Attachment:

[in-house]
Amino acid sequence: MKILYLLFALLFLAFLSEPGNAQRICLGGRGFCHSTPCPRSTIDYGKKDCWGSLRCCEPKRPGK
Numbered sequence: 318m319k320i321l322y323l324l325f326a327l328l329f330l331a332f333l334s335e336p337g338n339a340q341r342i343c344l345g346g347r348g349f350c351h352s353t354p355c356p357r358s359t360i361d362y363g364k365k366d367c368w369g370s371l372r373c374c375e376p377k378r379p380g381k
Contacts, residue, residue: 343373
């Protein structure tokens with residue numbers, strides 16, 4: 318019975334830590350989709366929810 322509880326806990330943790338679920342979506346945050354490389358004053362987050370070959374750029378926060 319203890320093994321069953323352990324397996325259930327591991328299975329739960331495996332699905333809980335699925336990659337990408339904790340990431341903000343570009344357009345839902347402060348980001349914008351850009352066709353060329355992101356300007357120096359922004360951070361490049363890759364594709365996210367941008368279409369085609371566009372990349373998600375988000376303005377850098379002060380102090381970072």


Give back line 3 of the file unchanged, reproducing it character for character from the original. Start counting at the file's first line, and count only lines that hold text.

Numbered sequence: 318m319k320i321l322y323l324l325f326a327l328l329f330l331a332f333l334s335e336p337g338n339a340q341r342i343c344l345g346g347r348g349f350c351h352s353t354p355c356p357r358s359t360i361d362y363g364k365k366d367c368w369g370s371l372r373c374c375e376p377k378r379p380g381k